TRAVELLING THE SILK ROAD: HOW TO VISIT
Follow in David's footsteps and Make Your World Bigger with a Silk Road adventure of your very own.
First coined in 1877 by German geographer Baron Ferdinand von Richthofen, the Seidenstrasse - or Silk Road - is a legendary network of ancient trade routes connecting China with the edge of Europe.
Formally established by the Chinese Han Dynasty in the 2nd century BC, merchants traversed the routes for almost 1,600 years. A combination of geopolitical change and the shift of trade routes from land (slow) to sea (much faster) effectively closed the Silk Road to trade. However, while people in the past travelled the Silk Road out of necessity, today those following in their footsteps tend to explore at a more serene pace.
This ancient route of discovery offers a variety of natural, cultural and historical wonders, and there are dozens of tour operators who run Silk Road tours, ranging from half-day excursions to three-month overland adventures from China to Turkey.
Over 3,000 miles of the Silk Road run within China’s borders, and the Silk Routes Network of the Chang’an – Tianshan Corridor was added as a UNESCO World Heritage Site in 2014.
Among a wealth of extraordinary experiences, you’ll find remote sections of the Great Wall built to keep bandits at bay; the famous Kashgar Sunday Market; and the 15th-century Idkah Mosque which can welcome 20,000 worshippers.
Kashgar as a region is ethnically and culturally diverse. At least 50% aren’t Han Chinese; they are descended from central Asian traders, Turkic tribes, and Hun warriors called the Uighurs.
A little-known fact about the Uighur people is that they’ve been credited with the invention of noodles and pasta, which travelled all the way to Italy from western China. Understandably, the Italians continue to dispute this!
To travel the Chinese Silk Road, there’s a 14-day Wild Frontiers Travel tour that starts and ends in Beijing. You can explore the wonders of the ancient city, and visit the section of the Great Wall at Mutianyu. You’ll also see the world-renowned Terracotta Warriors in Xi’an, the starting point of the Silk Road; the Buddhist caves at Dunhuang; Kashgar’s Sunday Bazaar; and the stunning views of the Heavenly Lake.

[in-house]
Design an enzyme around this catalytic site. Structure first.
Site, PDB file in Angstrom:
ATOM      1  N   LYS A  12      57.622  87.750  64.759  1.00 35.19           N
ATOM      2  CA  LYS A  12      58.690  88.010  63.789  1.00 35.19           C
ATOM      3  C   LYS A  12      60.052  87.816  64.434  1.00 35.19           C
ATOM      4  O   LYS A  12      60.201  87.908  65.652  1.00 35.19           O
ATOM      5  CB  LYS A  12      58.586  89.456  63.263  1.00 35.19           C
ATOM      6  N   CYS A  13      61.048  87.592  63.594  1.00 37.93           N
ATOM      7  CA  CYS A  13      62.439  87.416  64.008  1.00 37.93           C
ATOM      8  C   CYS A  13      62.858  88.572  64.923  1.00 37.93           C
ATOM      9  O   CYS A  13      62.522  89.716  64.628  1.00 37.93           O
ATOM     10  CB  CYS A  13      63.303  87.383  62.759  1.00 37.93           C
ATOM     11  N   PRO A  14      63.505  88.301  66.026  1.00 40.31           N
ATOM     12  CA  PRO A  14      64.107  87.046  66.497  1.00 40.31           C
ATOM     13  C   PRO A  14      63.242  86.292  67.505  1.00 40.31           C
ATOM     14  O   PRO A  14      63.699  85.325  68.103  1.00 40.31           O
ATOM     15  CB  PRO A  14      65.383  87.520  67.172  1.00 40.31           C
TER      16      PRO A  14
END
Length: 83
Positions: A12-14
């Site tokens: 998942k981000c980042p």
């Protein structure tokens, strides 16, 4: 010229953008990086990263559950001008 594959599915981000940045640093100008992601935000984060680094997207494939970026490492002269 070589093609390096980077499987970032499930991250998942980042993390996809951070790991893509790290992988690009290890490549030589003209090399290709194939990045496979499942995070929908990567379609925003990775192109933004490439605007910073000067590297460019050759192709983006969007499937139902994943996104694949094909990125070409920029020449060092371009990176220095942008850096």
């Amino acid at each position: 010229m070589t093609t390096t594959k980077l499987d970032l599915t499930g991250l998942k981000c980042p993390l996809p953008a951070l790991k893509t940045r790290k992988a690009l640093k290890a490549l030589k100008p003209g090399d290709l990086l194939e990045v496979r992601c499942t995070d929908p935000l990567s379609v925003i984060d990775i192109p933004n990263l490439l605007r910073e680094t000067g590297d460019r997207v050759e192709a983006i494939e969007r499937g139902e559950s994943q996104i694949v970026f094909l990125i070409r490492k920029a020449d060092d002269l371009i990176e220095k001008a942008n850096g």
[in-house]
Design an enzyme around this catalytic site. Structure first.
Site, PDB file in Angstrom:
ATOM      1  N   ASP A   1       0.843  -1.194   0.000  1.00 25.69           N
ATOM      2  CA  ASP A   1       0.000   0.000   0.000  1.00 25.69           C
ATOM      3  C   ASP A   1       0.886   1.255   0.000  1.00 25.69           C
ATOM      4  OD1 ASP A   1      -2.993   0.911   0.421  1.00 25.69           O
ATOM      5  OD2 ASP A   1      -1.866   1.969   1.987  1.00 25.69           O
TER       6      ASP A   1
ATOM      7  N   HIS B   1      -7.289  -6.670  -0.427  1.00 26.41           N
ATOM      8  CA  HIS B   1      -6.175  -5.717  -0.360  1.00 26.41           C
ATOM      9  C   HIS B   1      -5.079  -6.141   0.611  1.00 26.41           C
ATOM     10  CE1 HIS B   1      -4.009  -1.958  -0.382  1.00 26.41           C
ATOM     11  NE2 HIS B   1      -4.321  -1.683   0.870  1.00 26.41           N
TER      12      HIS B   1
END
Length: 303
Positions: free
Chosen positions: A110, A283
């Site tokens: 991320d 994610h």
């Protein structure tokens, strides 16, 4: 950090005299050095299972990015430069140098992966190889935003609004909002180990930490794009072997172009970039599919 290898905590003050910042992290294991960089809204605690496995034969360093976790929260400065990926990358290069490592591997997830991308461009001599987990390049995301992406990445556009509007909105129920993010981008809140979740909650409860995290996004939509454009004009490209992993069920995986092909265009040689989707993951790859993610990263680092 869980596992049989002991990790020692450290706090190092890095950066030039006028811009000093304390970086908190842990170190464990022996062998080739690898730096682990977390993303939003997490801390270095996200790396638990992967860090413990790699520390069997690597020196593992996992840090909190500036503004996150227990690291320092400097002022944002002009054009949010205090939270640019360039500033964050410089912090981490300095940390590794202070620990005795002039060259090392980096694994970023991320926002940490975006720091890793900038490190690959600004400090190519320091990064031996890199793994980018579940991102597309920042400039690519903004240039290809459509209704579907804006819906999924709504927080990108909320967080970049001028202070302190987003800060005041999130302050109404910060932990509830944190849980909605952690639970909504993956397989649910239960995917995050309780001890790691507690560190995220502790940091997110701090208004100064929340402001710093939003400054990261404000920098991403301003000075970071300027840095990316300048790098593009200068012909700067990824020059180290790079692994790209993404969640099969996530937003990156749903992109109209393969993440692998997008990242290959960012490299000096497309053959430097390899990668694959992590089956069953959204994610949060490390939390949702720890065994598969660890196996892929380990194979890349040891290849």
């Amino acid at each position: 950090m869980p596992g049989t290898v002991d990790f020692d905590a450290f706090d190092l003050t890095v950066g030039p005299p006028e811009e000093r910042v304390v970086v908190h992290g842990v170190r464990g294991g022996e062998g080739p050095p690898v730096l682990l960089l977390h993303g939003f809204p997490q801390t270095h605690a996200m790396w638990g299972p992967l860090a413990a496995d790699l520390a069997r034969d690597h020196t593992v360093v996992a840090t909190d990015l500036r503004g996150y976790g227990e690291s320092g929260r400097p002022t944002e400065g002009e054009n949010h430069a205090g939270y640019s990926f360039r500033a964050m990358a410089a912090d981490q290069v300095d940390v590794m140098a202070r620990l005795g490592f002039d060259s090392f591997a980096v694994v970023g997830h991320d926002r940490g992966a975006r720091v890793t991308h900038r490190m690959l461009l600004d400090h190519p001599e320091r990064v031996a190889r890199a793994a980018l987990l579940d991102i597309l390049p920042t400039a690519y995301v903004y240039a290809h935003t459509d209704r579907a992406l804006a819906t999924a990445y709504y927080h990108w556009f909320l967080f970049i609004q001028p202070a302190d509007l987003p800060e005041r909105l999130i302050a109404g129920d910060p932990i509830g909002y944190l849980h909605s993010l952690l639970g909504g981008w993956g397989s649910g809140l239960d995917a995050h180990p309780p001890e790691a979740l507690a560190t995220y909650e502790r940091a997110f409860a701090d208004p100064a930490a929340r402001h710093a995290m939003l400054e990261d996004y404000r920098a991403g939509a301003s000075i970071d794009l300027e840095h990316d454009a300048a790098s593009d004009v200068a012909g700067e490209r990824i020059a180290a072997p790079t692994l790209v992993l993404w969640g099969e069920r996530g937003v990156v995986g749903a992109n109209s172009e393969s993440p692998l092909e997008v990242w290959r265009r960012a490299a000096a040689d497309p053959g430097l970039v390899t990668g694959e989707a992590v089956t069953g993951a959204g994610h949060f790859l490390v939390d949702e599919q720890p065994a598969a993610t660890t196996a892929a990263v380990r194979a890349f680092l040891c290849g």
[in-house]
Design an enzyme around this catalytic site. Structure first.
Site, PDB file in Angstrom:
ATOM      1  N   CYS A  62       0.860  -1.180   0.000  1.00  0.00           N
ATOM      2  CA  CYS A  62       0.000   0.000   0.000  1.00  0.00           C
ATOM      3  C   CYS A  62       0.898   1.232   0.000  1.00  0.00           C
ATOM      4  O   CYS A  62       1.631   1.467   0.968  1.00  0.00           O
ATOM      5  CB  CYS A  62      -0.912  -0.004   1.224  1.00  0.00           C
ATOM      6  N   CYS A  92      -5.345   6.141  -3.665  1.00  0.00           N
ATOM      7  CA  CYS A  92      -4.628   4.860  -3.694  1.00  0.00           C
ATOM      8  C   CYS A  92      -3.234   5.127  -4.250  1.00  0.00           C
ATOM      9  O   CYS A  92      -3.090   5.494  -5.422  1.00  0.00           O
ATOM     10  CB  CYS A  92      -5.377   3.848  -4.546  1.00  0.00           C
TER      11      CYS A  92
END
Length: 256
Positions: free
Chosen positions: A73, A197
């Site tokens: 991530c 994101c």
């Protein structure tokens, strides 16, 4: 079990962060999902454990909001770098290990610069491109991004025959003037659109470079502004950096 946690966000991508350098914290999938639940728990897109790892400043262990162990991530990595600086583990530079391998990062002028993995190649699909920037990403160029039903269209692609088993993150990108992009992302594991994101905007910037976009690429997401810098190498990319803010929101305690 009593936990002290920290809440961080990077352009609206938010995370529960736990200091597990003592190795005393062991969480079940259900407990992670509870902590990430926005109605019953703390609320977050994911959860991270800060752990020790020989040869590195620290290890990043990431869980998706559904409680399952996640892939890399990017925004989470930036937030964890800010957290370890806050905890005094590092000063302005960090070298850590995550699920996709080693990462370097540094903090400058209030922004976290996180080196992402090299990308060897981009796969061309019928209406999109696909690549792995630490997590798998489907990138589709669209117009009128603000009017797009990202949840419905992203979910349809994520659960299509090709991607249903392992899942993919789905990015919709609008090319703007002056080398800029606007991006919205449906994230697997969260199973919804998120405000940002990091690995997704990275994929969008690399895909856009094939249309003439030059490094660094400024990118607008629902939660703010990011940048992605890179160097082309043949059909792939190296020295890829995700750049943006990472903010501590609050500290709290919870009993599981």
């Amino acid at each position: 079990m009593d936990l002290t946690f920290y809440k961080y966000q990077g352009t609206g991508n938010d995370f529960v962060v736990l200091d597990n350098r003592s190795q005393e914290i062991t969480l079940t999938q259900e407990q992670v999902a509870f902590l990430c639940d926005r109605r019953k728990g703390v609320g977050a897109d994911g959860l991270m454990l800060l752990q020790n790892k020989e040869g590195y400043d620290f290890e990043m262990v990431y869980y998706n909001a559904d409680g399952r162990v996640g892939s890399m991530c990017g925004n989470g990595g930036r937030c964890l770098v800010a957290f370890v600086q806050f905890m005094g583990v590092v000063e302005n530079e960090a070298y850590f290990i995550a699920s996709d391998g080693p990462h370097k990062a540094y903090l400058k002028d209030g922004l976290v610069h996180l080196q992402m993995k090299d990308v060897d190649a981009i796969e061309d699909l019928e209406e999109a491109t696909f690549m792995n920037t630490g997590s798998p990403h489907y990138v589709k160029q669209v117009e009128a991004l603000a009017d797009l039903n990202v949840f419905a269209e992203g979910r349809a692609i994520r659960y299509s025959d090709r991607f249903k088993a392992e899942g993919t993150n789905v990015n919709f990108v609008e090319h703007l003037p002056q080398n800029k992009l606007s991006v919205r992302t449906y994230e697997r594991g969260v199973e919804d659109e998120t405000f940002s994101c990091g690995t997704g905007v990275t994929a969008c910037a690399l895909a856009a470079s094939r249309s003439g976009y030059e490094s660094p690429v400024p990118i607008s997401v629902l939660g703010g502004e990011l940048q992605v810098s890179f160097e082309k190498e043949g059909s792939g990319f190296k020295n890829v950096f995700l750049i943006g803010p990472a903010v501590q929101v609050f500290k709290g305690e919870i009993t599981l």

On the Go Tours offers a 15-day Urumqi to Beijing adventure, taking in Urumqi, Kashgar and Turpan in China's far west before heading east to the dunes at Dunhuang, the UNESCO-listed Mogao Caves, the Yellow River, and the Terracotta Warriors.
Silk Road Treasure Tours has an 11-day tour of China’s Silk Road that takes in Beijing, Xi’an, Dunhuang, Turpan, Urumqi and Kashgar. You’ll see Tiananmen Square and the Forbidden City; the Mogao Caves and the Mingsha Singing Dunes; and some of the best desert scenery the Silk Road has to offer. The tour ends - as most do - in Kashgar, so don’t forget to bring lots of money for the amazing goods you’ll want to bring home!
As caravans left China heading west on the Silk Road, they passed deep inside the steppe through Tamgaly Gorge and the Taklamakan Desert in Kazakhstan. But the country remains virtually undiscovered by modern western tourists.
Outside of the capital city of Astana, it often remains a traditional country, populated by descendants of the nomadic people complete with yurts and a diet of horsemeat and fermented mare’s milk. The Kazakh nomads believed the horse was holy, and traded them with the Chinese for silk. Caravans full of silk-laden camels were sent west, and a trade deal was negotiated – horses for silk.
Silk Road tours through Kazakhstan aren’t as plentiful as those through China, but there are some excellent offerings from Silk Road Tours including a 21-day tour of Kazakhstan that takes in the Ala Archa and Aksu Djabagly National Parks; the ruins of Silk Road ghost town Otrar; and the strategic city of Bishkek before boarding a train to Almaty where you’ll be able to see stunning views of the Tianshan mountain range.
The Silk Road routes in Kyrgyzstan were carved out by ancient traders. Without passage through this geographically isolated and mountainous country, the journey from east to west would have been far more treacherous - not to mention lengthy.
Many of the sites that made the Silk Road famous were destroyed by Genghis Khan’s Mongols, and today the country remains almost the same as it did back then. Lake Issyk Kul, home to submerged ancient settlements, offers stunning scenery. Visitors can stay in a traditional yurt for a taste of the nomadic way of life.